Readers are unlikely to want all 19 titles in the set, but one or two are fun for the moment.

READ REVIEW

BABY KITTEN

FINGER PUPPET BOOK

A cute novelty element encourages caregiver-child interaction.

A finger poked through the opening at the back of the book makes an orange kitten puppet’s head emerge from a die-cut circle on each page. The built-in finger puppet is securely anchored on the back page. All the pages are extra thick to withstand the rough handling this toy disguised as a book may inspire. The ears of the kitten don’t automatically fit through the opening, so if multiple pages are turned by accident, it’s difficult to fit the kitten’s head back through to correct the mistake. This problem is even more pronounced in companion title Baby Goat because of the goat’s long ears. With each page turn the kitten’s lengthening neck becomes increasingly out of proportion with the rest of his body. The slight storyline follows the kitten through a busy day, beginning with waking up and ending with “Sweet dreams.” The text suggests an action for the finger puppet, as in “When Baby Kitten is happy, he makes a low purring sound.” Unfortunately, the next behavior—licking his fur “clean with his tongue”—is impossible to execute. Still, the finger puppet serves it purpose: to get caregivers to pause and play with words and sounds as they read to their very young children.

Readers are unlikely to want all 19 titles in the set, but one or two are fun for the moment. (Board book. 1-3)

Pub Date: Feb. 11, 2020

ISBN: 978-1-4521-8172-1

Page Count: 12

Publisher: Chronicle

Review Posted Online: Feb. 26, 2020

Kirkus Reviews Issue: March 15, 2020

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Leave the hopping to Peter Cottontail and sing the original song instead.

THE ITSY BITSY BUNNY

An Easter-themed board-book parody of the traditional nursery rhyme.

Unfortunately, this effort is just as sugary and uninspired as The Itsy Bitsy Snowman, offered by the same pair in 2015. A cheerful white bunny hops through a pastel world to distribute candy and treats for Easter but spills his baskets. A hedgehog, fox, mouse, and various birds come to the bunny’s rescue, retrieving the candy, helping to devise a distribution plan, and hiding the eggs. Then magically, they all fly off in a hot air balloon as the little animals in the village emerge to find the treats. Without any apparent purpose, the type changes color to highlight some words. For very young children every word is new, so highlighting “tiny tail” or “friends” makes no sense. Although the text is meant to be sung, the words don't quite fit the rhythm of the original song. Moreover, there are not clear motions to accompany the text; without the fingerplay movements, this book has none of the satisfying verve of the traditional version.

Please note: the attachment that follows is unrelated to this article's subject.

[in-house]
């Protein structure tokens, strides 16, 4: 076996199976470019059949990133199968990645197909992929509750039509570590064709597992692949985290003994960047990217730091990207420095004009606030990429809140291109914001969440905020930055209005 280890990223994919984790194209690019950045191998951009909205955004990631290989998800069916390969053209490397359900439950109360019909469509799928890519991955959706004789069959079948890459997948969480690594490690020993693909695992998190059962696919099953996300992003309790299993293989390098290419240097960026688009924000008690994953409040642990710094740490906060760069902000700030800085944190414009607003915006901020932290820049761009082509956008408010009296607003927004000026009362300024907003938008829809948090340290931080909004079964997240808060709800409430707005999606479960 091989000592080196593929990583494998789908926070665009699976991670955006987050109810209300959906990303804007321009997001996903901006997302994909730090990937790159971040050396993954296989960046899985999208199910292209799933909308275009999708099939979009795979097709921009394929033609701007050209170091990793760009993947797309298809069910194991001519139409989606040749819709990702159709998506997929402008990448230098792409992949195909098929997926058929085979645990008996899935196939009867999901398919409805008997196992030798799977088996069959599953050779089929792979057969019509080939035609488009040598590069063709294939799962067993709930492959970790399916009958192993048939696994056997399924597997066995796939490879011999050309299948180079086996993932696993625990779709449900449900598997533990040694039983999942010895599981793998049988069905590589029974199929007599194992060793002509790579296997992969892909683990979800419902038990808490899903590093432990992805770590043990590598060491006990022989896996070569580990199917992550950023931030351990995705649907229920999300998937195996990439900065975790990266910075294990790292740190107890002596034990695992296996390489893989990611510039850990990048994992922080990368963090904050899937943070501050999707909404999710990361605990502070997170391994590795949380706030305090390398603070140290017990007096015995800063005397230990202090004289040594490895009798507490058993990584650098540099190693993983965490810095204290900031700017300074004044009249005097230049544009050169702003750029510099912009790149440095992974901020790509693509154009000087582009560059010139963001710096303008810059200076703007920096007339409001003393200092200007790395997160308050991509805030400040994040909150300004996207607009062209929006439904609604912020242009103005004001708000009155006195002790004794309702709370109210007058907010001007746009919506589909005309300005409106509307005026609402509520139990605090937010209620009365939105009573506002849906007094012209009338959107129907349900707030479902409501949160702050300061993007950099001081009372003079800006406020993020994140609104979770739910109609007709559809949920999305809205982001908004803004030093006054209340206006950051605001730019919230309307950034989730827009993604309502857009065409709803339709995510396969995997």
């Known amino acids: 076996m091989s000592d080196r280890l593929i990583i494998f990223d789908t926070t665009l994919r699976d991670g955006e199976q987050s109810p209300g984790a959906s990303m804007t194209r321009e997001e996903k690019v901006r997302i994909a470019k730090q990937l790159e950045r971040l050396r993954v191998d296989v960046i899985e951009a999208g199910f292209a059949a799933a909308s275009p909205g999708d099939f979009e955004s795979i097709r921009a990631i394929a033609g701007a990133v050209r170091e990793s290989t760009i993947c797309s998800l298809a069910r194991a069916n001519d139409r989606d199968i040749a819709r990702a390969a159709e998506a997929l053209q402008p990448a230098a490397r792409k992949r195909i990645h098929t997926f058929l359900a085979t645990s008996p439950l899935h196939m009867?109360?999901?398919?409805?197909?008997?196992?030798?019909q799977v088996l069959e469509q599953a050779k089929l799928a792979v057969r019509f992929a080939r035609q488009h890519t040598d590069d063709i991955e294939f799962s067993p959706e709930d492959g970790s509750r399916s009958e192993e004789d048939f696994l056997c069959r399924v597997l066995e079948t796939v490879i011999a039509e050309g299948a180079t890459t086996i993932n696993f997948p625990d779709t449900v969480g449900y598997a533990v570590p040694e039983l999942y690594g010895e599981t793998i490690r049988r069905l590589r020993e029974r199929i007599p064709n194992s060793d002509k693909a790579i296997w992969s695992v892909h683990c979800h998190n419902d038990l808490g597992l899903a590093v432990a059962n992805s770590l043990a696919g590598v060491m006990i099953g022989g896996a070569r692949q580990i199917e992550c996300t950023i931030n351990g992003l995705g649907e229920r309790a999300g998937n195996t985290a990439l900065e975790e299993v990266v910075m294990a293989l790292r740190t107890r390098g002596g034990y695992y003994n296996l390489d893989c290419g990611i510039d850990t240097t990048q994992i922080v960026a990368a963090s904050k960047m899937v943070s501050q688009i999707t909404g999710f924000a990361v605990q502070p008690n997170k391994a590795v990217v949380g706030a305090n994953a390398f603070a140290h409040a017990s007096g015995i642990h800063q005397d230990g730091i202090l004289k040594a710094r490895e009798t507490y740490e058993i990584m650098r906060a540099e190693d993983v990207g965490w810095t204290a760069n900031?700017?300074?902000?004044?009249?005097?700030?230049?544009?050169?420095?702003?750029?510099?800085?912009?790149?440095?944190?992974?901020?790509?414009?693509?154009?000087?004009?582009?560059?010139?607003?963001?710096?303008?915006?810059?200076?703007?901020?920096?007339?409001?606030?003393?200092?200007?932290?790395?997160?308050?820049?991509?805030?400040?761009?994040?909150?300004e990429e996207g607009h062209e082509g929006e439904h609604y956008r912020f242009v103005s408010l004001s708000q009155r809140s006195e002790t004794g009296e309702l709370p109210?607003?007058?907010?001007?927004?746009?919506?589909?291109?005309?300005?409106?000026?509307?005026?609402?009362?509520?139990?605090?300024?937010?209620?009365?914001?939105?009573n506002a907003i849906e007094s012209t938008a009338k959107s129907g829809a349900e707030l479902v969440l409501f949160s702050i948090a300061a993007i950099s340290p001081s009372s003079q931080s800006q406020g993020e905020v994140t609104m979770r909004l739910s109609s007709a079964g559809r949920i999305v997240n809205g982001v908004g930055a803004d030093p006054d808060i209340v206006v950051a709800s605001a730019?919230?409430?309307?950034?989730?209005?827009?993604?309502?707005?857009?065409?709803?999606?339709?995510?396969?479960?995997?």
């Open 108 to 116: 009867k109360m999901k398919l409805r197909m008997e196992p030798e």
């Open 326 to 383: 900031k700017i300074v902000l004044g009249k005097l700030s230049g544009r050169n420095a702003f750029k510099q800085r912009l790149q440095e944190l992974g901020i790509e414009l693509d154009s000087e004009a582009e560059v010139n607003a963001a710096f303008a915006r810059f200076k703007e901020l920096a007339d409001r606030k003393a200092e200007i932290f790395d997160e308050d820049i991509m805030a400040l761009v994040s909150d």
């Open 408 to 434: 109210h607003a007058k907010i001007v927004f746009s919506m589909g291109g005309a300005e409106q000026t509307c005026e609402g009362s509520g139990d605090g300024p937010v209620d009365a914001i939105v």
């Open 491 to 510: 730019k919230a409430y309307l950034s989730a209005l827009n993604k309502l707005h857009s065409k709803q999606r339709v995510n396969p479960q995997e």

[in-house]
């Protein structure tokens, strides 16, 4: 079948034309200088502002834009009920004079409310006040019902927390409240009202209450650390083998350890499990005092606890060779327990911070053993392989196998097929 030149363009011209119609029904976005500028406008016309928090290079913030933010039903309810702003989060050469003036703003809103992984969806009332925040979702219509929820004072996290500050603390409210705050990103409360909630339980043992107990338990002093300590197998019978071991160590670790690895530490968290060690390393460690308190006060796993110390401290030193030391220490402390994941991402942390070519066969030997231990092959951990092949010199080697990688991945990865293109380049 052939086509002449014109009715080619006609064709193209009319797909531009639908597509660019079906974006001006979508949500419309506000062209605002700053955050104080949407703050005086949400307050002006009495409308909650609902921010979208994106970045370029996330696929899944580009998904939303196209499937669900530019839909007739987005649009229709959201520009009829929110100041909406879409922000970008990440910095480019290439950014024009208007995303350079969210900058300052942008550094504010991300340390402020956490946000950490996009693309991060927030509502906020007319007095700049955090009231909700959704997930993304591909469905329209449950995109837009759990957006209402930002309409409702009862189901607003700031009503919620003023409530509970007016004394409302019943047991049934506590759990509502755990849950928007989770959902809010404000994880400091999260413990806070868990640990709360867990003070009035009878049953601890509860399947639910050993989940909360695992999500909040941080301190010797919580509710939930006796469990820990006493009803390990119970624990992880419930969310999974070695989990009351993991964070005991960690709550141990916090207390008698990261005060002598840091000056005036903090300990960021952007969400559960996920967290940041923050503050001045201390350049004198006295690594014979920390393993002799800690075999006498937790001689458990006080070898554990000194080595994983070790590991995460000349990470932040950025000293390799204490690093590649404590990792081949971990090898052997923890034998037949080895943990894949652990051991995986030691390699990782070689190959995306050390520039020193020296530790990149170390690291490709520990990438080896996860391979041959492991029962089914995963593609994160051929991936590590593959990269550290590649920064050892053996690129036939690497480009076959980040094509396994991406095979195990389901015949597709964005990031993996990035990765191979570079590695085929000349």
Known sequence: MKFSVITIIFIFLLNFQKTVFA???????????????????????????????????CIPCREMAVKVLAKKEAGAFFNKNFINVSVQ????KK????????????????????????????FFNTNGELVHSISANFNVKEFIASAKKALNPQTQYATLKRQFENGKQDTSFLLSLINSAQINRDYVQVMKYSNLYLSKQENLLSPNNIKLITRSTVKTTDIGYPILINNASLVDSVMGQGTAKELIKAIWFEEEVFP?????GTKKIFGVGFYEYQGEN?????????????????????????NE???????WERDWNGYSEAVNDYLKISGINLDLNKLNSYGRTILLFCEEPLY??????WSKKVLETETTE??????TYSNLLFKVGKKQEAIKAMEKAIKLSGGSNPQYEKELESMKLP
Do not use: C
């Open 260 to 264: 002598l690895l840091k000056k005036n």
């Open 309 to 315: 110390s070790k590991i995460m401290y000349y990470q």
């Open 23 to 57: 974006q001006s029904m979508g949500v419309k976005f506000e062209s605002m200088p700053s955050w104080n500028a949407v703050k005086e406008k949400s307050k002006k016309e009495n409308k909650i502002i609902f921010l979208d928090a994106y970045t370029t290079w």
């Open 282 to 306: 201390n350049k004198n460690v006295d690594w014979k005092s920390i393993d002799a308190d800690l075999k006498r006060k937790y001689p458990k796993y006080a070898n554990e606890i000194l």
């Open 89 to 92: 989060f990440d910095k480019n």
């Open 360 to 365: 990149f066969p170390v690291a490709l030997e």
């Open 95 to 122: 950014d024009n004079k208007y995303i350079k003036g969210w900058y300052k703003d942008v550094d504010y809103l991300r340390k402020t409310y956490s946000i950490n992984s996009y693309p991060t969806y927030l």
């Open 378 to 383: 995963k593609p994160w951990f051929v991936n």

Leave the hopping to Peter Cottontail and sing the original song instead. (Board book. 1-3)

Pub Date: Jan. 5, 2016

ISBN: 978-1-4814-5621-0

Page Count: 16

Publisher: Little Simon/Simon & Schuster

Review Posted Online: Jan. 20, 2016

Kirkus Reviews Issue: July 1, 2016

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A happily multisensory exploration.

NOISY FARM

From the My First Touch and Feel Sound Book series

Farm animals make realistic noises as youngsters press embedded tactile features.

“Pat the cow’s back to hear her ‘Moo!’ ” Readers can press the fuzzy, black circle on a Holstein cow to hear its recorded noise. This formula is repeated on each double-page spread, one per farm critter (roosters, piglets, lambs and horses). Using stock photography, several smaller images of the animals appear on the left, and a full-page close-up dominates the right. The final two pages are a review of the five farmyard creatures and include a photo of each as well as a review of their sounds in succession via a touch of a button. While the layout is a little busy, the selection of photos and the tactile elements are nicely diverse. The text is simple enough for little ones, encourages interaction (“Can you baa like a lamb?”) and uses animal-specific vocabulary (fleece; mane). The sister title, Noisy Trucks (978-1-58925-609-5), follows much the same format, but, here, the stars are big rigs, monster trucks, fire trucks, backhoes and cement mixers. While the photos will thrill the vehicle-obsessed, the noises are less distinctive, save the fire truck’s siren. The facts about each type of vehicle provide just enough information: “A fire truck has a loud siren, ladders to climb, and hoses that spray water.” Despite the age recommendation of 3 years and up suggested on the back cover, the construction (with the battery secured by screw behind a plastic panel) looks sturdy and safe enough for younger readers.

A happily multisensory exploration. (Board book. 18 mos.-3)

Pub Date: Sept. 1, 2013

ISBN: 978-1-58925-610-1

Page Count: 12

Publisher: Tiger Tales

Review Posted Online: Sept. 14, 2013

Kirkus Reviews Issue: Jan. 1, 2014

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